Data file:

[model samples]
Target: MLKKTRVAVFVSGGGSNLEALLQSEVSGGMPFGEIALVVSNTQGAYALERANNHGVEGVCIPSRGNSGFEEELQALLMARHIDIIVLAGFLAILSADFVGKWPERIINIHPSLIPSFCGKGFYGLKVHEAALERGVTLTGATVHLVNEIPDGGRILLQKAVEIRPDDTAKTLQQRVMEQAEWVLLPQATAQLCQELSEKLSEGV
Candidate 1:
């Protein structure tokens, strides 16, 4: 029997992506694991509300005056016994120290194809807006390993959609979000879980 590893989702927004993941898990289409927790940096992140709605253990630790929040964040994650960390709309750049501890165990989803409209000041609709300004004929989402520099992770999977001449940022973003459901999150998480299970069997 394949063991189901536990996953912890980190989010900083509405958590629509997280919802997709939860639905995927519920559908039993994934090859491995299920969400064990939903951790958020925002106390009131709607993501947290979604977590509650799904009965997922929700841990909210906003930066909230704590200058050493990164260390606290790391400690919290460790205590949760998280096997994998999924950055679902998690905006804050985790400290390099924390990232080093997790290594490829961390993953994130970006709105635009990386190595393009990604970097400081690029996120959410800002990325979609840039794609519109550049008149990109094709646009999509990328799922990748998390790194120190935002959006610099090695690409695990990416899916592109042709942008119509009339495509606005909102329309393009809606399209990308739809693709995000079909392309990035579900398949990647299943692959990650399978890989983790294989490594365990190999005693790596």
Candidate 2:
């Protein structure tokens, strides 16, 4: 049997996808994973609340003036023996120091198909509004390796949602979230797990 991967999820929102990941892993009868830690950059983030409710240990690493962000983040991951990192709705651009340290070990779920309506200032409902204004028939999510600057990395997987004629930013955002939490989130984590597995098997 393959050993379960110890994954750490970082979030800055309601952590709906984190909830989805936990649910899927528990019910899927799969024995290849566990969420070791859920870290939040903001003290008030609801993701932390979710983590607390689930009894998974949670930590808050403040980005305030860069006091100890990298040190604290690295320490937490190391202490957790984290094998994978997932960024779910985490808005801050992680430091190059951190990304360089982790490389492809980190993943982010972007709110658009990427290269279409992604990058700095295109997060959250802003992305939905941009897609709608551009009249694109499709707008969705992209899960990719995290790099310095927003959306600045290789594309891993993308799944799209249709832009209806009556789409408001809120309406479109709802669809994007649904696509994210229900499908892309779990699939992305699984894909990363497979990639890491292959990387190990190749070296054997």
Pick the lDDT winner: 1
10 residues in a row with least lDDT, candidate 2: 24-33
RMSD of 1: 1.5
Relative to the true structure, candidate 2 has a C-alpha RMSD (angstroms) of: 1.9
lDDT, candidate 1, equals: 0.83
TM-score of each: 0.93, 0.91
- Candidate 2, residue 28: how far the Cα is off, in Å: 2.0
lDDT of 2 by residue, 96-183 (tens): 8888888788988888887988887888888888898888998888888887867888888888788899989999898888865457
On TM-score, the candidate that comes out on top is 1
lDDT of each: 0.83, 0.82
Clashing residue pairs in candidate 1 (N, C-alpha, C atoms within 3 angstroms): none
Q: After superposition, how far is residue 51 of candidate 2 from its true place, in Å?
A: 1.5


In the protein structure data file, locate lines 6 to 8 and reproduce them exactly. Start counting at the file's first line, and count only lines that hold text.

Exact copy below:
């Protein structure tokens, strides 16, 4: 049997996808994973609340003036023996120091198909509004390796949602979230797990 991967999820929102990941892993009868830690950059983030409710240990690493962000983040991951990192709705651009340290070990779920309506200032409902204004028939999510600057990395997987004629930013955002939490989130984590597995098997 393959050993379960110890994954750490970082979030800055309601952590709906984190909830989805936990649910899927528990019910899927799969024995290849566990969420070791859920870290939040903001003290008030609801993701932390979710983590607390689930009894998974949670930590808050403040980005305030860069006091100890990298040190604290690295320490937490190391202490957790984290094998994978997932960024779910985490808005801050992680430091190059951190990304360089982790490389492809980190993943982010972007709110658009990427290269279409992604990058700095295109997060959250802003992305939905941009897609709608551009009249694109499709707008969705992209899960990719995290790099310095927003959306600045290789594309891993993308799944799209249709832009209806009556789409408001809120309406479109709802669809994007649904696509994210229900499908892309779990699939992305699984894909990363497979990639890491292959990387190990190749070296054997």
Pick the lDDT winner: 1
10 residues in a row with least lDDT, candidate 2: 24-33